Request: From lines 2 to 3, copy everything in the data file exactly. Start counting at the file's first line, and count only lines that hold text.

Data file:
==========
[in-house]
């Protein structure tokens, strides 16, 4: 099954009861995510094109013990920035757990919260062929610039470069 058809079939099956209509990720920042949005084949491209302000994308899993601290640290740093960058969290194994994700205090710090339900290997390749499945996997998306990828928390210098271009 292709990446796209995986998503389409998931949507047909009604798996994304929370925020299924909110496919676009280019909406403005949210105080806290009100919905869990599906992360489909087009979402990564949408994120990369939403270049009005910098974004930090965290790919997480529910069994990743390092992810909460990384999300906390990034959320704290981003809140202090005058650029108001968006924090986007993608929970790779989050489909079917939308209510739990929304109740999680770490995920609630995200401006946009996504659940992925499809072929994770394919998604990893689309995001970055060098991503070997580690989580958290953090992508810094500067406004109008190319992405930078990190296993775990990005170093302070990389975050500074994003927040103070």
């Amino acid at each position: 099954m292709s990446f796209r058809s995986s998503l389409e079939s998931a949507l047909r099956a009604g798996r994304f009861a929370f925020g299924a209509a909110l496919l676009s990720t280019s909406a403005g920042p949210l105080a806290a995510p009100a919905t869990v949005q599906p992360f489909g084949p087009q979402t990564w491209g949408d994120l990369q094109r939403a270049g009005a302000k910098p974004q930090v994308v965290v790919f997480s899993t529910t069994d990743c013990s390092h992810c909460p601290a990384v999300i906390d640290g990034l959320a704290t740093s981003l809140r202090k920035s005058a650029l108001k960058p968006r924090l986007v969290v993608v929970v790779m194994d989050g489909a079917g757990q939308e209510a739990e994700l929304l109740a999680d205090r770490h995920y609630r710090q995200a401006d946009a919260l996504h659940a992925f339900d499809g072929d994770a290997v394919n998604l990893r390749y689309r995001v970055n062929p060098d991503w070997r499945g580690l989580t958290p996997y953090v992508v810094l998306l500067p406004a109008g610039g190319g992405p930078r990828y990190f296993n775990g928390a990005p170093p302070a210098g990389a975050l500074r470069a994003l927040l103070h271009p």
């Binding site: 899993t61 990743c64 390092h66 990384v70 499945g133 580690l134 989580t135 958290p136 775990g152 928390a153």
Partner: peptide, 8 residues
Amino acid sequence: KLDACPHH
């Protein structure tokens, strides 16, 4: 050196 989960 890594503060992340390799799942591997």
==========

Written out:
């Protein structure tokens, strides 16, 4: 099954009861995510094109013990920035757990919260062929610039470069 058809079939099956209509990720920042949005084949491209302000994308899993601290640290740093960058969290194994994700205090710090339900290997390749499945996997998306990828928390210098271009 292709990446796209995986998503389409998931949507047909009604798996994304929370925020299924909110496919676009280019909406403005949210105080806290009100919905869990599906992360489909087009979402990564949408994120990369939403270049009005910098974004930090965290790919997480529910069994990743390092992810909460990384999300906390990034959320704290981003809140202090005058650029108001968006924090986007993608929970790779989050489909079917939308209510739990929304109740999680770490995920609630995200401006946009996504659940992925499809072929994770394919998604990893689309995001970055060098991503070997580690989580958290953090992508810094500067406004109008190319992405930078990190296993775990990005170093302070990389975050500074994003927040103070």
């Amino acid at each position: 099954m292709s990446f796209r058809s995986s998503l389409e079939s998931a949507l047909r099956a009604g798996r994304f009861a929370f925020g299924a209509a909110l496919l676009s990720t280019s909406a403005g920042p949210l105080a806290a995510p009100a919905t869990v949005q599906p992360f489909g084949p087009q979402t990564w491209g949408d994120l990369q094109r939403a270049g009005a302000k910098p974004q930090v994308v965290v790919f997480s899993t529910t069994d990743c013990s390092h992810c909460p601290a990384v999300i906390d640290g990034l959320a704290t740093s981003l809140r202090k920035s005058a650029l108001k960058p968006r924090l986007v969290v993608v929970v790779m194994d989050g489909a079917g757990q939308e209510a739990e994700l929304l109740a999680d205090r770490h995920y609630r710090q995200a401006d946009a919260l996504h659940a992925f339900d499809g072929d994770a290997v394919n998604l990893r390749y689309r995001v970055n062929p060098d991503w070997r499945g580690l989580t958290p996997y953090v992508v810094l998306l500067p406004a109008g610039g190319g992405p930078r990828y990190f296993n775990g928390a990005p170093p302070a210098g990389a975050l500074r470069a994003l927040l103070h271009p």